Congestion charging remains a political minefield. As the consultation on the Western Extension of London's congestion charging scheme comes to an end - and Greater Manchester heads towards a referendum of its own - it is time to revisit the big economic questions behind congestion charging.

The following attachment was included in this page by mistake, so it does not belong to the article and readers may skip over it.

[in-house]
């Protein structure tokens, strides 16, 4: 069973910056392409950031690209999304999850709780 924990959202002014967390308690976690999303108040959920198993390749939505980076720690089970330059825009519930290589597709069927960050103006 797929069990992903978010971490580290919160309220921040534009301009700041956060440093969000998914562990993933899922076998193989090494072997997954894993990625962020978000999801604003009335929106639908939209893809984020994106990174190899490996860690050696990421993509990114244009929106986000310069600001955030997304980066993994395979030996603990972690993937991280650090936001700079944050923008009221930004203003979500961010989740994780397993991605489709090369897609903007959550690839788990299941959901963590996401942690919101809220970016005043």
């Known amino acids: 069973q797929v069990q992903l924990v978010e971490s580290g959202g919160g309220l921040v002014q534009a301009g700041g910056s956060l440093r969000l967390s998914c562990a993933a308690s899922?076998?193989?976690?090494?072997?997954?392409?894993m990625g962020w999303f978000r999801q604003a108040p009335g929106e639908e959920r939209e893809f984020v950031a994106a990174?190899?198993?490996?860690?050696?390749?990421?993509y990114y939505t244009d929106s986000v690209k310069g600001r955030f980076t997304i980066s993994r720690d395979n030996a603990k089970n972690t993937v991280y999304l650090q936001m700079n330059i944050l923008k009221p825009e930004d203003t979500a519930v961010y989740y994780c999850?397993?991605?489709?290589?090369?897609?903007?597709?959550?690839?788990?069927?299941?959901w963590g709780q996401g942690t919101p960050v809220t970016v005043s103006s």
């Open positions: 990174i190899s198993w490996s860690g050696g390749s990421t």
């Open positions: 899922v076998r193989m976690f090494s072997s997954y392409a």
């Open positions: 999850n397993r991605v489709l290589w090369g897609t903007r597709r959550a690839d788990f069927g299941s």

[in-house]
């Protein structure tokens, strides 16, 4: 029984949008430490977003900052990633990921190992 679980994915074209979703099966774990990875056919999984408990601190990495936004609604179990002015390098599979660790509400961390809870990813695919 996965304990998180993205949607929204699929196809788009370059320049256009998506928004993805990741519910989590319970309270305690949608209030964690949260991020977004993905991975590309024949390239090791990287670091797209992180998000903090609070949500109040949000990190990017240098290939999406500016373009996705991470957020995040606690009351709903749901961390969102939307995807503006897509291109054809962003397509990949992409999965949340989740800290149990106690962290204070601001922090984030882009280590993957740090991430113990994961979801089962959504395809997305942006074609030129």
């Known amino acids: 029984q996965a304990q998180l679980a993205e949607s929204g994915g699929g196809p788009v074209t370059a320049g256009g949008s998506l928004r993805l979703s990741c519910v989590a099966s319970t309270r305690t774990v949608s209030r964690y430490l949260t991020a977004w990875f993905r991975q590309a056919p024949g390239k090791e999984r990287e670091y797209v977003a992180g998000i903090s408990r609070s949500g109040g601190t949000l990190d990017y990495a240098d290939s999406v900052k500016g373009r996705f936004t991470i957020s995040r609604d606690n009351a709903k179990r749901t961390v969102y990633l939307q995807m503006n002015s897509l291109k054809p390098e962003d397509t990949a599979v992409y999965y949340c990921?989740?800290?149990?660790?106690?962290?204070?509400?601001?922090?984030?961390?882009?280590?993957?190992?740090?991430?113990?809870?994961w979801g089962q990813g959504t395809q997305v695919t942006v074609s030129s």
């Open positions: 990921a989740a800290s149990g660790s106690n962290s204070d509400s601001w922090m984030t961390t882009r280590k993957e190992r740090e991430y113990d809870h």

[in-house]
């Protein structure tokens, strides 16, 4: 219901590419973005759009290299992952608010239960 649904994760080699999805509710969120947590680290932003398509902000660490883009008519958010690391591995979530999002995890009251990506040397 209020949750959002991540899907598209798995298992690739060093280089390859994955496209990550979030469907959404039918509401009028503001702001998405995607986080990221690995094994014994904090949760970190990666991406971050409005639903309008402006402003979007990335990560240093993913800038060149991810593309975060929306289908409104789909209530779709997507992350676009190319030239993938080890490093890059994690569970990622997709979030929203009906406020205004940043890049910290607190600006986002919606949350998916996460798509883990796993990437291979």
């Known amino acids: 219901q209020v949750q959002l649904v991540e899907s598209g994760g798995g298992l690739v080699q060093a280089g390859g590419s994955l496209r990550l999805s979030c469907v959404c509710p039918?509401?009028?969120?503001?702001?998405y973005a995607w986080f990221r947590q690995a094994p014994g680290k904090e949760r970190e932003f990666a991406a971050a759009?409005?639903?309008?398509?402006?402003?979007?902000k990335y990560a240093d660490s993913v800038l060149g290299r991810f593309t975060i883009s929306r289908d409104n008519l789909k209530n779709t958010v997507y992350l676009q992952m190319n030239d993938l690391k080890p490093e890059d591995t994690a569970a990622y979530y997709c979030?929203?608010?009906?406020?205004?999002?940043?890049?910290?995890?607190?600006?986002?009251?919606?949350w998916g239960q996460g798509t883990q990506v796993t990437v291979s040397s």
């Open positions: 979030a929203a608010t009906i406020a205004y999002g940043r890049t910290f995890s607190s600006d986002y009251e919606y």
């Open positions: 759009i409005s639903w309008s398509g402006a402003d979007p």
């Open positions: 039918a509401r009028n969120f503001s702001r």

This note sets out the economic benefits and costs around congestion charging – and shows that these are finely balanced, and will vary from city to city. It revisits the question of whether congestion charging schemes are fair, highlighting groups less likely to benefit from a scheme than others, such as small and medium sized enterprises and people living in areas with low access to public transport. The note also argues that congestion charging is primarily an economic instrument rather than an environmental one.